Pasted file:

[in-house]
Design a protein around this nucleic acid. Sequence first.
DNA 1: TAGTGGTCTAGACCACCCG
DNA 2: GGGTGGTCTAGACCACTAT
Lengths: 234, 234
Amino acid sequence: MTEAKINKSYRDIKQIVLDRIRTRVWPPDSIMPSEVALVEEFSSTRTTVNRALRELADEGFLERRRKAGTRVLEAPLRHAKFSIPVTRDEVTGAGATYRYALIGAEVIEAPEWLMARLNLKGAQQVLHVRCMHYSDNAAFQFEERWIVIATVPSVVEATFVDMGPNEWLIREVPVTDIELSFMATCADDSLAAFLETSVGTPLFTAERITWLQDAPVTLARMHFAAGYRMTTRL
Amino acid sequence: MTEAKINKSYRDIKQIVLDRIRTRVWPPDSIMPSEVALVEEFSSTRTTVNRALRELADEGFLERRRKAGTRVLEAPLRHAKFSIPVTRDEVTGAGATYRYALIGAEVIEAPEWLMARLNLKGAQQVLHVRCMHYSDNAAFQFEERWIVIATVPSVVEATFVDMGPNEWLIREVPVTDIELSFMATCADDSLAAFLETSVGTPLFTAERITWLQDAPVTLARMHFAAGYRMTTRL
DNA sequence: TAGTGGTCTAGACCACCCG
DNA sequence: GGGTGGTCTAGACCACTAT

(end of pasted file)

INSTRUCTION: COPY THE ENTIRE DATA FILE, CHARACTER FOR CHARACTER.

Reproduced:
[in-house]
Design a protein around this nucleic acid. Sequence first.
DNA 1: TAGTGGTCTAGACCACCCG
DNA 2: GGGTGGTCTAGACCACTAT
Lengths: 234, 234
Amino acid sequence: MTEAKINKSYRDIKQIVLDRIRTRVWPPDSIMPSEVALVEEFSSTRTTVNRALRELADEGFLERRRKAGTRVLEAPLRHAKFSIPVTRDEVTGAGATYRYALIGAEVIEAPEWLMARLNLKGAQQVLHVRCMHYSDNAAFQFEERWIVIATVPSVVEATFVDMGPNEWLIREVPVTDIELSFMATCADDSLAAFLETSVGTPLFTAERITWLQDAPVTLARMHFAAGYRMTTRL
Amino acid sequence: MTEAKINKSYRDIKQIVLDRIRTRVWPPDSIMPSEVALVEEFSSTRTTVNRALRELADEGFLERRRKAGTRVLEAPLRHAKFSIPVTRDEVTGAGATYRYALIGAEVIEAPEWLMARLNLKGAQQVLHVRCMHYSDNAAFQFEERWIVIATVPSVVEATFVDMGPNEWLIREVPVTDIELSFMATCADDSLAAFLETSVGTPLFTAERITWLQDAPVTLARMHFAAGYRMTTRL
DNA sequence: TAGTGGTCTAGACCACCCG
DNA sequence: GGGTGGTCTAGACCACTAT